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CNC Linker Logs Blanket Hut


Linker Logs Project

Have fun while learning to fabricate with plywood.

By Randy Johnson

Although linker logs are made with the aid of a computer— once complete, they’re a great way to get kids (and parents) off the computer for an afternoon of old-fashioned fort building and pretend. The techniques shown here— including pre-finishing the plywood, programming correct joint tolerances, arranging parts, locating hold-downs and placing tabs—can also be used for other plywood projects. Th e inspiration for making these building planks comes from a story titled “Plywood Play Planks” that appeared in the December 1953 issue of Mechanix Illustrated magazine. Th e original designers used 3/4" plywood and a dado blade to cut the joints. That technique can still be used, but using a CNC provides more freedom when designing the shape of the planks. Bill Young (a ShopBot guru from Virginia) adapted the idea for the CNC by creating a wide variety of planks, all with a standard notch spacing. The playhouse shown below is similar to the original Mechanix Illustrated design—but I added the puppet theater window and marquee board. Also check out the Blanket Hut below, with with its custom barrel vault roof.

Start by finishing

A coat of shellac followed by a water-based topcoat provides a durable finish for Linker Logs —and most other plywood projects. Finishing a sheet of plywood is much easier than finishing dozens of individual pieces, so applying the finish first makes lots of sense. Shellac dries quickly and seals the wood so the water-based topcoat won’t raise the grain, and gives the plywood a nice amber tone. See “Pre-finishing Plywood” (page 68) to learn more about finishing plywood.

Click any image to view a larger version.

Measure the plywood

The thickness of the plywood must be consistent so the cross-lap joints that fit properly. I recommend a tolerance between sheets of plus or minus .005". Most good-quality AC or AB sanded plywood will be consistently sized. The sheets of 1/2" plywood that I used to make this playhouse measured .47" thick. Measuring after applying the finish ensures the most accurate measurement.

Cut a single part to test the joint

Rout a test part. When you test the fit in the next step, the width of the notch is the only thing that matters, so you can make the test part out of almost anything. I used 1/2" MDF. The test notch measured .48" wide, which should provide the desired .01" clearance when the cross-lap joint is assembled.

Check the joint’s fit

A mechanic’s feeler gauge works well to measure the gap between the parts of the cross-lap joint. Ideally, this gap will be .01", but anything from .005" to .015" is acceptable and will hold the Linker Logs together while still allowing them to be easily assembled and disassembled.

Nest parts and locate screws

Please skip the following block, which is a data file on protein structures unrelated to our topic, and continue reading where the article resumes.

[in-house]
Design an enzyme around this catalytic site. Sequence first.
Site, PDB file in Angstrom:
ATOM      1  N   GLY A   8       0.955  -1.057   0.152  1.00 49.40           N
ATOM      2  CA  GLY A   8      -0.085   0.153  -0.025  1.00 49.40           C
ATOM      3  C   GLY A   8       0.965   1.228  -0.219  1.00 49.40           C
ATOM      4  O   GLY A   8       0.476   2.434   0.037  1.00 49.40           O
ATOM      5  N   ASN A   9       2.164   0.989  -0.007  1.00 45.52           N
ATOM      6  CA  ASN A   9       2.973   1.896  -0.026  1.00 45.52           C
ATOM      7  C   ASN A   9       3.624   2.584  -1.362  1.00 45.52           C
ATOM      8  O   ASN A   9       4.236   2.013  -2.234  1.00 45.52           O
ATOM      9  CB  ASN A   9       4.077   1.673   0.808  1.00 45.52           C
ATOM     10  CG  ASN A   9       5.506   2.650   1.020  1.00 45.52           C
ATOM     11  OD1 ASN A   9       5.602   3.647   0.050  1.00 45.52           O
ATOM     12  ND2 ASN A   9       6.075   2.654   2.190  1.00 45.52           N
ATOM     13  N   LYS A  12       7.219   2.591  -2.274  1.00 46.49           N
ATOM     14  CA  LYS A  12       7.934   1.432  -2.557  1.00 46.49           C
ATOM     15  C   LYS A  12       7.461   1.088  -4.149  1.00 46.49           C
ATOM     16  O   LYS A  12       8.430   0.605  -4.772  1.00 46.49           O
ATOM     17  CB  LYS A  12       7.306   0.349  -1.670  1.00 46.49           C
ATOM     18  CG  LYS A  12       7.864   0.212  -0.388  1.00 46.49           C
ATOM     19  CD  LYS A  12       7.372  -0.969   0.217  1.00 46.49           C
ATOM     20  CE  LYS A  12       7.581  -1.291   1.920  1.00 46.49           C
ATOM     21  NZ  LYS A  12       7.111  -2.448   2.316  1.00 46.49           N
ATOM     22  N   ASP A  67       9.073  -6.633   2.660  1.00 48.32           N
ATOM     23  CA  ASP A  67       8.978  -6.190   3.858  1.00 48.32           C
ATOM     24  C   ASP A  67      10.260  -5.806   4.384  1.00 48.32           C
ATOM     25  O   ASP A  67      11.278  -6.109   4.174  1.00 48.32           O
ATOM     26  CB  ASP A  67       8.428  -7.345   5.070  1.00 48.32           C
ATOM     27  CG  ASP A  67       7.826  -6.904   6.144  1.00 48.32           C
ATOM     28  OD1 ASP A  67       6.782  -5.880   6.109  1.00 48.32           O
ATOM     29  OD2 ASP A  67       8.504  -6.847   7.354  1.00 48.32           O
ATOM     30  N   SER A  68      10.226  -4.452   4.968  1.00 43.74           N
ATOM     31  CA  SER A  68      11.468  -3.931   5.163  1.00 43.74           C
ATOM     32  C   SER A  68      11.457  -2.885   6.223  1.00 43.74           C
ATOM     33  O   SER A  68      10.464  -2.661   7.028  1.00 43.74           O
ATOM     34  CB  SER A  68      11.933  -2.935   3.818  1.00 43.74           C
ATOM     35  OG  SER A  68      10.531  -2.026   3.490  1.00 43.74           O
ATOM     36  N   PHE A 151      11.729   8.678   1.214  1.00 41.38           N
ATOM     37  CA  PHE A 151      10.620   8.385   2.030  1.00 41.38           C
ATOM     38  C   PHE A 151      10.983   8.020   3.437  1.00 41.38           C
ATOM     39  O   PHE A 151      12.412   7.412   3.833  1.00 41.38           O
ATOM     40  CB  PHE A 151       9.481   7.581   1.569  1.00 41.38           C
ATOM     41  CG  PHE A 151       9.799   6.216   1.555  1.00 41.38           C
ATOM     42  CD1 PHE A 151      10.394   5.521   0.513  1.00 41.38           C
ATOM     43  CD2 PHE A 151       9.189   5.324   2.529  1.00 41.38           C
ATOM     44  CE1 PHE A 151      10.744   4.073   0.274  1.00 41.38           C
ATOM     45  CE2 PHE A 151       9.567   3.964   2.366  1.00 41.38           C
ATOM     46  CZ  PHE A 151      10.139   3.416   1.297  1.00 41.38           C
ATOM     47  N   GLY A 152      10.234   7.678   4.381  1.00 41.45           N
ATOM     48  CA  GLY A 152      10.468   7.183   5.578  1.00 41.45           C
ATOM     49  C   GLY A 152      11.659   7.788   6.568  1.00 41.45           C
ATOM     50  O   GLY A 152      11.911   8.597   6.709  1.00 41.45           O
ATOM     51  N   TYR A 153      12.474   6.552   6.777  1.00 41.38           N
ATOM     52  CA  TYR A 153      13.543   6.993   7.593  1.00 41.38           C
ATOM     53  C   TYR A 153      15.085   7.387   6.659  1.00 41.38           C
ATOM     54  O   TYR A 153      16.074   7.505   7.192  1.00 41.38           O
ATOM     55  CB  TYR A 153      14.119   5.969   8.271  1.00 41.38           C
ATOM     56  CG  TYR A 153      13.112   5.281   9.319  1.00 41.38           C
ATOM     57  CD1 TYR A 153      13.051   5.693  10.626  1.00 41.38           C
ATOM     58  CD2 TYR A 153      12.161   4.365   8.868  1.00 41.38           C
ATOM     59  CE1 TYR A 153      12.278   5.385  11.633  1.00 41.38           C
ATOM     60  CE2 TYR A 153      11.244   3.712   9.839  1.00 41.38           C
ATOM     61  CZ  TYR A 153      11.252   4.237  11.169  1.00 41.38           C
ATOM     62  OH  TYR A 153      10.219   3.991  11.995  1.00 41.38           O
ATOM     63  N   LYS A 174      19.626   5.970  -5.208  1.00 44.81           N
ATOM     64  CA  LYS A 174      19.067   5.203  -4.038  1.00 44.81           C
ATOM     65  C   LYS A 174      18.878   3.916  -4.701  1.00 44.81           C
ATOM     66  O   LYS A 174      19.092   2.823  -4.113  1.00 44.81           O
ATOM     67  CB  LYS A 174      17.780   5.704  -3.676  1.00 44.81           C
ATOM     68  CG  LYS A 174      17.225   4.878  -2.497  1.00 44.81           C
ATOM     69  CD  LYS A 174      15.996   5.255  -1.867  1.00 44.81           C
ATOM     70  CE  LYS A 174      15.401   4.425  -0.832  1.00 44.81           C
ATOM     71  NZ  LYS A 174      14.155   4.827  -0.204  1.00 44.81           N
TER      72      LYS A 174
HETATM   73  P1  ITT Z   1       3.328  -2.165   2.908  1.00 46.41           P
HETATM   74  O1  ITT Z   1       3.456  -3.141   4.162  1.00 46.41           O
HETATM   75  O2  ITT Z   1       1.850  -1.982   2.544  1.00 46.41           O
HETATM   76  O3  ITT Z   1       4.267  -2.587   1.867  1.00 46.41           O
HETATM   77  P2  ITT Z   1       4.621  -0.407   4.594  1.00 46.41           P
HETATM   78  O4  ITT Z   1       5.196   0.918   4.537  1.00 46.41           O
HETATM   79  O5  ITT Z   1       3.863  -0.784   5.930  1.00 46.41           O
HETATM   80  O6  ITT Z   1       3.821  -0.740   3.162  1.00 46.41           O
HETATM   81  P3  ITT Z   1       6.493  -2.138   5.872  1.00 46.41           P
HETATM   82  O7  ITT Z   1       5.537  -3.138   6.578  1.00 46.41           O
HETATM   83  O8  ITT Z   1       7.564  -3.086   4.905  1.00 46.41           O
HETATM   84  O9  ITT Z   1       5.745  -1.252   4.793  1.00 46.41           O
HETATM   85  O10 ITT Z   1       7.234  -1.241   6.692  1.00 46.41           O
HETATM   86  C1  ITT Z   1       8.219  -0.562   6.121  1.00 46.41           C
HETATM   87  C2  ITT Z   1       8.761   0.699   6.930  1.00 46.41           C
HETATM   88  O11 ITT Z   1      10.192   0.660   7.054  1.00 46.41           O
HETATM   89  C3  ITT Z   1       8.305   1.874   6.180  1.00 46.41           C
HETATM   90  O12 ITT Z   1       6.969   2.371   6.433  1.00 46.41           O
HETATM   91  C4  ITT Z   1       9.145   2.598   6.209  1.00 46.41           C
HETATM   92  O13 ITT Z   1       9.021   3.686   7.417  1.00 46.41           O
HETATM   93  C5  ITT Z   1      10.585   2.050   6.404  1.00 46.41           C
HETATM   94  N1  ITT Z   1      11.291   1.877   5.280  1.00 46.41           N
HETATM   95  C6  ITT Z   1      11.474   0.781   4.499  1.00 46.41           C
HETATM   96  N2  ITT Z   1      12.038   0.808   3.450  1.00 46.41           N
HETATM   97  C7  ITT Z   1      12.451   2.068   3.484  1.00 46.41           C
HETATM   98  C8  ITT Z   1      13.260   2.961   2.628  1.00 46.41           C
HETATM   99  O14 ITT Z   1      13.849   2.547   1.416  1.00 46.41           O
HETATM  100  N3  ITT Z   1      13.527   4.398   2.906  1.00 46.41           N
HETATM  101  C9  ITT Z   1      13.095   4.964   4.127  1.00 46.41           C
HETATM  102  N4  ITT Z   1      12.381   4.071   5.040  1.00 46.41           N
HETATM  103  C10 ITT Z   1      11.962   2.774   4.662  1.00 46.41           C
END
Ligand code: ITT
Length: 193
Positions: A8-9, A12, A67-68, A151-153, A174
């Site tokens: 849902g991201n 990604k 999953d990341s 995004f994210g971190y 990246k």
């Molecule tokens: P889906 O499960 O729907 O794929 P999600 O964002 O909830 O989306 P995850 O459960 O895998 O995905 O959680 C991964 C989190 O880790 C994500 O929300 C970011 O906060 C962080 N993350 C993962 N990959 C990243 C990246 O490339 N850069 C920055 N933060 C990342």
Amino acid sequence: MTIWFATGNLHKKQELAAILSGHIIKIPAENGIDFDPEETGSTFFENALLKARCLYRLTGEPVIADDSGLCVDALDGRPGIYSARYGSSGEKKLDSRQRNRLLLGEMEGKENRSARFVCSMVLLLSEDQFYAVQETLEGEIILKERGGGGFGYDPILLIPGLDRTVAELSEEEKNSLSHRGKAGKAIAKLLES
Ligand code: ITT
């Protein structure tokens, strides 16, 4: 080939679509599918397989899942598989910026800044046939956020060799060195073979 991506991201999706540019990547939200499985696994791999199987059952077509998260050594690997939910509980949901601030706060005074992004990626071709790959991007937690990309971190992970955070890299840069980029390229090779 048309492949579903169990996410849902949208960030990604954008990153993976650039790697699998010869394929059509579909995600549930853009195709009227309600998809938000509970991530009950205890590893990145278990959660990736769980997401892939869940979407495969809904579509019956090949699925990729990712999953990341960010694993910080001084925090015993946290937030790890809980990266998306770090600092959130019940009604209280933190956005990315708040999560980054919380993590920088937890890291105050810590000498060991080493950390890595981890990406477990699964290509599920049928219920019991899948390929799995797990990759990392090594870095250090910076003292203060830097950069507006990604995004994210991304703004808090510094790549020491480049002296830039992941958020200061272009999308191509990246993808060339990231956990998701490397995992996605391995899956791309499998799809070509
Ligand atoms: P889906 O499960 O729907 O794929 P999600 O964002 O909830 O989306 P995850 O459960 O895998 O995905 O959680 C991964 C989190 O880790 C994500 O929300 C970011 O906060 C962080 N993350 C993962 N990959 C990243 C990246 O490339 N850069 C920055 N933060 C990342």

Most CNC design programs include a “parts nesting” feature that automatically fits multiple parts to the plywood. The Linker Log parts shown here are nested .27" inches apart—slightly larger than the 1/4" bit that will cut them out. Once the parts are nested you can still move them around to attain the exact layout you want. This allows you to safely locate the hold-down screws that secure the plywood sheet.


Add connecting tabs

The next step is to add tabs between the parts to keep them attached during routing. Since there is no waste material between most of the parts, tabs need to be added opposite of each other. The tabs added here measure .1" thick x 1" long. An alternative to adding tabs is to adjust the routing depth to leave a thin layer of material (a skin) at the bottom of the kerf. A skin of .05" would work fine for this project.

Secure the plywood with screws

Program the CNC to mark the location of each anchoring screw with a shallow plunge cut. Locating the screws in your drawing and transferring them to the plywood guarantees that the router bit won’t run into the screws while cutting the parts.

Use a down spiral bit

A down-cut spiral bit pushes the wood down while cutting, so it leaves a nice, clean edge at the top of the plywood. The bottom of the cut is also clean, because the spoil board under the plywood prevents blow-out.

Separate and roundover in one step

Remove the connecting tabs. A straight flush-trim bit works well for this, but I used an Amana 1/8" roundover bit (#MR0112) with a miniature bearing. This bit removed the tabs and rounded the sharp edges. It also allowed the joints to fit fully together, because the logs’ rounded-over edges match the rounded inside corners of their CNC-routed notches. I left the edges and notches unfinished.



Combo Puppet Theater and Play House

A combo puppet heater and play house that all kids seem to enjoy, It features a marquee with room to engrave or paint your kid's theater logo.

Project plans, Vectric Aspire, .dxf, and SketchUp files for the two playhouses can be downloaded at the bottom of this page.

Additional plank designs that included angles and curves can be found at You supply the kids.

Alternate T-bone notch

If you want to keep the plywood edges square, use a “t-bone” notch design. Most CNC drawing programs have a built-in tool that lets you quickly add the right size “t-bone” to your joints. As you can see, this modification lets the plywood fully seat in the bottom of the notch.


Download parts info (PDF)


Download Vectric Aspire file


Download DXF files


Download SketchUp File

Autodesk 123D files (Pending)

See more Linker Log ideas at

This story originally appeared in American Woodworker October/November 2012, issue #162.